The theme of your lecture at the EBN conference is “cultural innovation” – how do you define cultural innovation?
For me, cultural innovation is the constant improvement and refinement of the way we approach business, arts, creativity and our everyday lives. Whether through technology or the improvement of how we tap into the creativity of our citizens, cultural innovation is a process that is constantly repeating and refining over and over.
Is cultural innovation an organic phenomenon or can it be planned?
Cultural innovation can be both. But most importantly it requires tapping into the creativity of everyone. Just as I wrote in The Rise of the Creative Class, I still believe every single human being is creativity. To improve or cities, organizations, we have tap into the creativity everyone. This has to be the single point of focus for all efforts. For the first time in human history, the basic logic of improving our economy and driving business innovation requires the further development and use of human creative capabilities. The great challenge of our time is to find ways to tap into every human’s creativity.
Is there evidence to suggest common traits or attitudes in the most innovative companies, cities or wider economies?
Sure. The most innovative companies do three things to help drive innovation and creativity. First, innovative companies eliminate the distractions for their creative workers; this allows employees to remain fully engaged in their work. Second, innovative companies take an active role to help spark creativity of their workers. This includes developing authentic work environment and spaces that help to engage creative workers. Finally, Creativity is embedded in relationships, and it thrives among people who have worked together a long time. This is why the most innovative companies engage creative workers as invested equals in the company’s future.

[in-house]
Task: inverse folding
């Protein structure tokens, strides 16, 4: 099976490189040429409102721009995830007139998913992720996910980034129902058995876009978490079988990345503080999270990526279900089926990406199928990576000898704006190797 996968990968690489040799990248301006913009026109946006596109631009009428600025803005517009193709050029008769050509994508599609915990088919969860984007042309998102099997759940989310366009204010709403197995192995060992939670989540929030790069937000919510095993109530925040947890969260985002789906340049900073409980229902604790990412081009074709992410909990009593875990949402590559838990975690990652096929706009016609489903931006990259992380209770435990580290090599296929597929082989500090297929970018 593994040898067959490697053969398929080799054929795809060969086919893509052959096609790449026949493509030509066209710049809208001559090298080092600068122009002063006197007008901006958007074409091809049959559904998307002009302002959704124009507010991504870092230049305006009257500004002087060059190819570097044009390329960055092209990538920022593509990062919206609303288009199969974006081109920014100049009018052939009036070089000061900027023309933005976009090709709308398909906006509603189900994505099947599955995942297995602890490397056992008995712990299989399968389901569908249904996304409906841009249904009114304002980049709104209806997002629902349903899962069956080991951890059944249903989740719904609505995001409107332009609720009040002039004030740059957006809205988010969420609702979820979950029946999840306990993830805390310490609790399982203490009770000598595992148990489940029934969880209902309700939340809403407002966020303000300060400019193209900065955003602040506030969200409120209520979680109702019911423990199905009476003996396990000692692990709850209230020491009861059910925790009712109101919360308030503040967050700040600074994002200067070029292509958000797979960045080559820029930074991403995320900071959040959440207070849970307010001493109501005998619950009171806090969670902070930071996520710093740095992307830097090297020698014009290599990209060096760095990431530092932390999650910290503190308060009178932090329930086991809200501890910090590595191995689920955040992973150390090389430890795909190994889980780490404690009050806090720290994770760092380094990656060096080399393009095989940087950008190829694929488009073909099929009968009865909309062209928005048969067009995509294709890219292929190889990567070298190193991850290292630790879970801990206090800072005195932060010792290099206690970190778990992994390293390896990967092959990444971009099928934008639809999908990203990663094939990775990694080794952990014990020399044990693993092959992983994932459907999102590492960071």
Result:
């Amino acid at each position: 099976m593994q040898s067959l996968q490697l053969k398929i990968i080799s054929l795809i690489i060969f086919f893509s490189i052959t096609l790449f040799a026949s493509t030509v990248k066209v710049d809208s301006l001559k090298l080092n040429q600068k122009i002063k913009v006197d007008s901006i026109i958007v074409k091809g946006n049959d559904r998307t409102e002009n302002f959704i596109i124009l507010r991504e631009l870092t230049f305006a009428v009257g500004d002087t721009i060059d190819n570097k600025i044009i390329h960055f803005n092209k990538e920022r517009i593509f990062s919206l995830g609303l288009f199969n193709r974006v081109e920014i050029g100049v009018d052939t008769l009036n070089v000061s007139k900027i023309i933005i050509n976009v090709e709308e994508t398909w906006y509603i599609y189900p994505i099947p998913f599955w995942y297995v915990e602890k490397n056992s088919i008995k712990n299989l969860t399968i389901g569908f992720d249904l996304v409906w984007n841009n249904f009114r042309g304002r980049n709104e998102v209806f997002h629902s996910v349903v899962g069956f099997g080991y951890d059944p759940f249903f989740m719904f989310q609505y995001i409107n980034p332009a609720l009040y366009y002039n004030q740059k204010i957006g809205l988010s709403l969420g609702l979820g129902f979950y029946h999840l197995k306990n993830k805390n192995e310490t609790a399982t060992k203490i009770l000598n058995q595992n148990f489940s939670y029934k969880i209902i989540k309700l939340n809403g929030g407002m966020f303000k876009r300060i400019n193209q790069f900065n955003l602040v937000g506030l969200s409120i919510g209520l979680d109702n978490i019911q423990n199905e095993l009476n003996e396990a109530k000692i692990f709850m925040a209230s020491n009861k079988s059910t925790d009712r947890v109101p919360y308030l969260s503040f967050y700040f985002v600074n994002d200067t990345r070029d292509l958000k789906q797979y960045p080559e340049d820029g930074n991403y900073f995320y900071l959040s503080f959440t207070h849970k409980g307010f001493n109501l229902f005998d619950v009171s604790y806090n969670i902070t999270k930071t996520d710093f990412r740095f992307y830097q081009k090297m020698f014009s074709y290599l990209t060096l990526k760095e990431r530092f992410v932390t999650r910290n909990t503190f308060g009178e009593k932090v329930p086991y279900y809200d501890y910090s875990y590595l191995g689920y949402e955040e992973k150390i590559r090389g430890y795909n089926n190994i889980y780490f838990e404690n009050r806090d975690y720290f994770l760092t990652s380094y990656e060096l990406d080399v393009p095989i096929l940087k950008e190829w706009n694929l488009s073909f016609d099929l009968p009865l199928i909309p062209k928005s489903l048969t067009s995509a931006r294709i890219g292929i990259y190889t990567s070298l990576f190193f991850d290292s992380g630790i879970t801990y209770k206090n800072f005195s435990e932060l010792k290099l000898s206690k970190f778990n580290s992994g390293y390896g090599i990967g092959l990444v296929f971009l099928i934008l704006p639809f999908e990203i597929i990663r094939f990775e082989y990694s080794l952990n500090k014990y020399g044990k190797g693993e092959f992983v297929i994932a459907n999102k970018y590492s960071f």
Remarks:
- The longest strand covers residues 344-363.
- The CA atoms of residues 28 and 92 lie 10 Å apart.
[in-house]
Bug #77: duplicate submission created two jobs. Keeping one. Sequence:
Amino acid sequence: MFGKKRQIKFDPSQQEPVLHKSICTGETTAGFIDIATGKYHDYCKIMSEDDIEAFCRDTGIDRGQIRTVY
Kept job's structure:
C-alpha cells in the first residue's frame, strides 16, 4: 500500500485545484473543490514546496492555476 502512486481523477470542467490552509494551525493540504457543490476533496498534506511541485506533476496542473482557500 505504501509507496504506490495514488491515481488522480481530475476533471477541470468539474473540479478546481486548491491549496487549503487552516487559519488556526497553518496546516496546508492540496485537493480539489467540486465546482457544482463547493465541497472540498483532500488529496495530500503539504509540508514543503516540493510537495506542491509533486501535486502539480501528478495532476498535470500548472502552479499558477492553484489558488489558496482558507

What would be your message to a city like Derry, which is struggling with one of the highest unemployment rates in the region but aspires to become a hub for creative, digital and hi-tech industries? How best could it achieve that goal?
It goes back to the 3-T’s of economic development: Talent, Technology, and Tolerance The 3T’s approach represents a comprehensive strategy for cities like to compete and prosper in the creative age.
Talent: The driving force behind any effective economic strategy is talented people. We live in a more mobile age than ever before. People, especially top creative talent, move around a lot. A community’s ability to attract and retain top talent is the defining issue of the creative age.
Technology: Technology and innovation are critical components of a community or organization’s ability to drive economic growth. To be successful, communities and organizations must have the avenues for transferring research, ideas, and innovation into marketable and sustainable products. Universities are paramount to this, and provide a key hub institution of the creative age.
Tolerance: Economic prosperity relies on cultural, entrepreneurial, civic, scientific, and artistic creativity. Creative workers with these talents need communities, organizations, and peers that are open to new ideas and different people. Places receptive to immigration, alternative lifestyles, and new views on social status and power structures will benefit significantly in the creative age.
Should manufacturing be a core part of the future strategy for the prosperity of Western economies such as the UK / Ireland?
Economies should always be diversified. This includes a focus on creating, upgrading and supporting industries across all three sectors of the economy: creative, service and working. In regards to manufacturing, we should absolutely be focusing be focusing on the cross section of creativity, manufacturing and innovation. This can happen in high-tech manufacturing. That said, high-tech manufacturing can help drive economic growth but it does not necessarily drive job growth because many of those jobs can be automated and driven by technology
Based on your Creative Class theories, are the prospects for Ireland and/or Northern Ireland good, bad or uncertain?
Future prospects for Ireland are good. The economic down turn has dramatically impacted reshaped our economic geography. Places with diversified economies and high concentrations of highly educated people and those that work in the “creative class” have done much better in weathering the current economic storm. Ireland has a large creative class – more the 39% of the workforce. The key will be continuing to focus on nurturing creative industries and building cities and communities that are authentic and provide a high quality of life.
Richard Florida is speaking at the EBD conference on 30 May. More information herewww.noribic.com/ebncongress